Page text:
The news that China has overtaken Japan as the world's second-largest economy has generated quite a few headlines of late. Undoubtedly, this is a significant moment for the country. After all, this hard-earned achievement comes from much effort by the Chinese people over decades. On the other hand, the feelings of the Chinese people are complicated.
Since its founding 61 years ago - especially during the past 30 years of reform and opening-up -China has made remarkable strides in economic, social and other fields. In 2009, its gross domestic product reached $4.33-trillion (U.S.) - 77 times what it was in 1949. China's GDP per capita increased 32-fold. As well, China has topped the world with 13 million vehicles produced and sold; 316 million Internet users and 740 million cellphone subscribers. China's highways extend 65,000 kilometres. High-speed railway construction has entered a new phase of fast growth. At the same time, many Chinese have a moderate lifestyle earned through hard work.
Let's face it: These impressive statistics reflect only a part of where the country stands economically and socially. China still faces a number of challenges despite its dramatic progress. It has more than 1.3 billion people. Any problem, no matter how small, becomes enormous when multiplied by 1.3 billion. And any wealth and material resources, when divided by 1.3 billion, will look inconspicuous in per-capita terms.
China's GDP in the second quarter this year was $1.33-trillion. Granted, the number is not small. Nevertheless, China's population is 10 times that of Japan, thus its GDP per capita is about one-10th of Japan's. Based on the World Bank's 2010 World Development Report, China's national income per capita in 2008 was a mere $2,940, placing China 130th internationally. The World Bank's 2009 report estimated that there were 254 million Chinese living in poverty, the second-most in the world. Historically speaking, at the outbreak of the Opium War in 1840, China's GDP was second to none, accounting for 25 to 30 per cent of the world's total. But China's GDP per capita, divided among 410 million people, was only one-fifth of Britain's. Eventually, China was carved up by foreign imperial powers, becoming a semi-colonial state.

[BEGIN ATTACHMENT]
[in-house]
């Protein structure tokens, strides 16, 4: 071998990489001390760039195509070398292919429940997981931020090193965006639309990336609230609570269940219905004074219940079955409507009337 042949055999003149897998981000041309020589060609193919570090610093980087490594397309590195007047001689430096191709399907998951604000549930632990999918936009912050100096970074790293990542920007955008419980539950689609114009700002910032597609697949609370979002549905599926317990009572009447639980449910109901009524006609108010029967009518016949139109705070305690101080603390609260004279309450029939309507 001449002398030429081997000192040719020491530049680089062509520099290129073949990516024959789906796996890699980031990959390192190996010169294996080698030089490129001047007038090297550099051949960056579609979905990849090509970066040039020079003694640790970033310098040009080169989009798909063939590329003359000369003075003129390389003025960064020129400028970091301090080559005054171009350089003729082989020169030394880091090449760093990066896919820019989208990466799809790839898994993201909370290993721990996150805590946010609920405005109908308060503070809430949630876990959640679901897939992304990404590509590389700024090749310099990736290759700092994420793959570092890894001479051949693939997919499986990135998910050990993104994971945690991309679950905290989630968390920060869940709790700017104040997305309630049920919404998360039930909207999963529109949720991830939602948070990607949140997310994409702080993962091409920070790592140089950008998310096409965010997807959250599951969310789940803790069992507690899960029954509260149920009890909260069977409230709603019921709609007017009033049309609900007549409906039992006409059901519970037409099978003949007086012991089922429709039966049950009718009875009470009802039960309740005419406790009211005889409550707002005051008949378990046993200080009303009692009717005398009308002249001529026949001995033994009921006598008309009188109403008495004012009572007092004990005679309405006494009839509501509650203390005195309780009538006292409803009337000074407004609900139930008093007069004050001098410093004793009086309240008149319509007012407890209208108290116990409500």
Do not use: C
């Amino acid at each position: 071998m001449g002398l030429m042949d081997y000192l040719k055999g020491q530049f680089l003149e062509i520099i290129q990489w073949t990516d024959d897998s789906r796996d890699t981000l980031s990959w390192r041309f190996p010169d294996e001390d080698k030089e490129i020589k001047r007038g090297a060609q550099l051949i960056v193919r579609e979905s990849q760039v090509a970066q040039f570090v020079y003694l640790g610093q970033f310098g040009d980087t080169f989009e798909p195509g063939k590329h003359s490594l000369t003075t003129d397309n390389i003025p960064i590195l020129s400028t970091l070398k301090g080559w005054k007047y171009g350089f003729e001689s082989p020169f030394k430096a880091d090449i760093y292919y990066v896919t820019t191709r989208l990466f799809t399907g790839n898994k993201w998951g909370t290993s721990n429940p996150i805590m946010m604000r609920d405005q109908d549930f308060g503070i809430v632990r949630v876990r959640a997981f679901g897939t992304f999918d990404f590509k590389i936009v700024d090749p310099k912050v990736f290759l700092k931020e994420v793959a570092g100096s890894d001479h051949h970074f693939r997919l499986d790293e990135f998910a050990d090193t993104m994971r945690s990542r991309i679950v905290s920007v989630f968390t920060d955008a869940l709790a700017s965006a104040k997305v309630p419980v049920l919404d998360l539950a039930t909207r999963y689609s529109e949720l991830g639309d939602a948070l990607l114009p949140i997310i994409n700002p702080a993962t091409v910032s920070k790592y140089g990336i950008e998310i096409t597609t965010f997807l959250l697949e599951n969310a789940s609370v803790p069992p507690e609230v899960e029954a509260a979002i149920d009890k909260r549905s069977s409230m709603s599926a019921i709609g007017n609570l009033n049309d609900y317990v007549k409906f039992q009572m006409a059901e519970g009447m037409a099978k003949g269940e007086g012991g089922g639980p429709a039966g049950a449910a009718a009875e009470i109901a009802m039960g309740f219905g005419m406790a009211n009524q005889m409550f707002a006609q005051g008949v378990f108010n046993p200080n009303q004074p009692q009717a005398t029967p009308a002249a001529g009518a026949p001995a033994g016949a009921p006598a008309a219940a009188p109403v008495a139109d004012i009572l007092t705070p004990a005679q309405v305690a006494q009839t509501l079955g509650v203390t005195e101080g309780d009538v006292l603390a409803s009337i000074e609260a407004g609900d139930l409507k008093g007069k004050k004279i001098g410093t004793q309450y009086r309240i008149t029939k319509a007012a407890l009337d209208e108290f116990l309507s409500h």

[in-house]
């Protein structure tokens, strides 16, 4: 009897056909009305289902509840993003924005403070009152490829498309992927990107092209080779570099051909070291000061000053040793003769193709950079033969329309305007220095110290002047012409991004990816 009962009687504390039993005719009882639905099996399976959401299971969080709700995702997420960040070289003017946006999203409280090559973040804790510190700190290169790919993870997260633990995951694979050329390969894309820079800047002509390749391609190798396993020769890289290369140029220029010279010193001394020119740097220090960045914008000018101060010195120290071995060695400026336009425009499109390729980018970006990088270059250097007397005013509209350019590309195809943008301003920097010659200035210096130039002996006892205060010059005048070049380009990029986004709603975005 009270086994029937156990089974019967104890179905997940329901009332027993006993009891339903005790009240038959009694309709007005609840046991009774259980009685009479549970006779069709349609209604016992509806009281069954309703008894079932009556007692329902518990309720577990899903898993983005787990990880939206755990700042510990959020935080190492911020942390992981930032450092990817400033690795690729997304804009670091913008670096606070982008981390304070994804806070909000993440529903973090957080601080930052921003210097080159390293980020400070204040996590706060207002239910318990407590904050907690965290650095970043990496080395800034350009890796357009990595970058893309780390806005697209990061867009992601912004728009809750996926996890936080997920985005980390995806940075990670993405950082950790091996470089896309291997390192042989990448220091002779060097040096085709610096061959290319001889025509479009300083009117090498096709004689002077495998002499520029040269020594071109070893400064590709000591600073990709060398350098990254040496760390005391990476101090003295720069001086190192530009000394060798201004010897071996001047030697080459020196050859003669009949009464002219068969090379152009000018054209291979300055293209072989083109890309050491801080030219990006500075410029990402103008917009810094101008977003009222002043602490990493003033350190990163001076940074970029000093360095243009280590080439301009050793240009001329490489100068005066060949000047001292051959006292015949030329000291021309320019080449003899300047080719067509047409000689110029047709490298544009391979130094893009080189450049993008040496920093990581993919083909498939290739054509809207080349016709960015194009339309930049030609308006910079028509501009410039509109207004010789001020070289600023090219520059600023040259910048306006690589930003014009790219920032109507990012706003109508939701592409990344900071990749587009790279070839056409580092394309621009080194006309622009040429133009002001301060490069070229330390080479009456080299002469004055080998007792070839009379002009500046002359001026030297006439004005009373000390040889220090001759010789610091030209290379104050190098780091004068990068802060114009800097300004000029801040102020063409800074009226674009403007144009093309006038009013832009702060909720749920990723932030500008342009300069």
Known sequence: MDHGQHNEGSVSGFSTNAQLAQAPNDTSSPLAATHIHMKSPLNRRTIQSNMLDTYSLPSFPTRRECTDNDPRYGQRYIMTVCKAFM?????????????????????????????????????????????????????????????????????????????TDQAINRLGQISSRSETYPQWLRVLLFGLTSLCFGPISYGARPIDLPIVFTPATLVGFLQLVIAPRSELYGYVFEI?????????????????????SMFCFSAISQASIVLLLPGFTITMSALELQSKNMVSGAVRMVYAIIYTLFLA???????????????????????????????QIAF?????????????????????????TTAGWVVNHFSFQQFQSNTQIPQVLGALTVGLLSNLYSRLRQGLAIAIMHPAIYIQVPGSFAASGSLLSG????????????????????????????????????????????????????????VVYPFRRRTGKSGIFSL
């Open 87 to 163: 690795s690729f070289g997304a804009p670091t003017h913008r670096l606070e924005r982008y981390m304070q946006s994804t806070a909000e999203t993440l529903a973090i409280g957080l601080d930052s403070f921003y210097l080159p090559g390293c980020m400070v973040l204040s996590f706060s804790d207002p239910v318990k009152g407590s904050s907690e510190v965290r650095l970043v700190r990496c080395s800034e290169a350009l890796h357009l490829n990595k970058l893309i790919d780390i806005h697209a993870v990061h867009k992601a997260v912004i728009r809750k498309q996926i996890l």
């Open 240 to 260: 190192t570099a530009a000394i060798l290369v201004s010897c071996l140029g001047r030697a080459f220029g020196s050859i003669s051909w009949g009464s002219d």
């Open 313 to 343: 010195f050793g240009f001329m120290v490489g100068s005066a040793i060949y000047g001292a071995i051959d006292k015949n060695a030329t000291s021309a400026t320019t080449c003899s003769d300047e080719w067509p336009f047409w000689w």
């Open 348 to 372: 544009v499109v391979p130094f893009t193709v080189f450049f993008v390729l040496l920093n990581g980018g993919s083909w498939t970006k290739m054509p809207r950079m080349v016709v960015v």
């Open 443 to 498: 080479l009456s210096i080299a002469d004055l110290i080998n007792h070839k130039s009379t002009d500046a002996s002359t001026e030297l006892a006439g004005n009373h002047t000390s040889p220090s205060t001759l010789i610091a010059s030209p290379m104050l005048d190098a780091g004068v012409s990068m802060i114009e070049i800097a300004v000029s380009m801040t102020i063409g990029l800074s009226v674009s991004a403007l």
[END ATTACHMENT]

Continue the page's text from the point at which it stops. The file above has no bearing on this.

Therefore, a country's capacity or a nation's strength is not only judged by its GDP numbers, but also by the quality of its citizens, its creativity, as well as its industrial, agricultural, military and international competitiveness. To be honest, we still have a long way to go in all of these areas.
The reality in China today is that the country's overall productivity is still very low. The added value of agriculture per labour unit is only $407, less than one-108th that of Canada. On a per capita basis, China is also short on resources. Its arable land and fresh water per capita are way behind the world average. Across China, there is an imbalance in economic development. The disposable personal income of urban residents is 3.3 times higher than the net income of rural residents. Rich provinces in eastern China are obligated to help underdeveloped ones in central and western China. The responsibility is tremendous. In 2008, registered unemployed individuals in urban areas amounted to 8.86-million people. Also, the country is aging but not yet rich. China has to pay a much higher price to cope with frequent natural disasters than many countries. In other words, occupying second place in the world's GDP rankings is not enough for China to manage its own affairs well.
Ordinary Chinese are not preoccupied with GDP figures. What they really care about is how economic growth, increasing incomes and social advancement will affect their lives. They focus on solving practical problems, such as getting child care, medical services and affordable housing for raising a family. The Chinese people will be happier once these problems are resolved. Our goal is to make the country moderately prosperous by 2020.
What is certain is that China will not avoid its international obligations. These obligations, however, must be proportionate to China's economic and social development. It is neither feasible nor reasonable to expect China to do things beyond its capacity. The truth is that China is and will remain a developing country for years to come. Instead, we must look objectively at China's ranking in the world economy and stay sober-minded. We do "have a large mountain to climb" before we become a strong economic power. It is not going to be an easy journey.
Lan Lijun is ambassador of the People's Republic of China to Canada.Report Typo/Error
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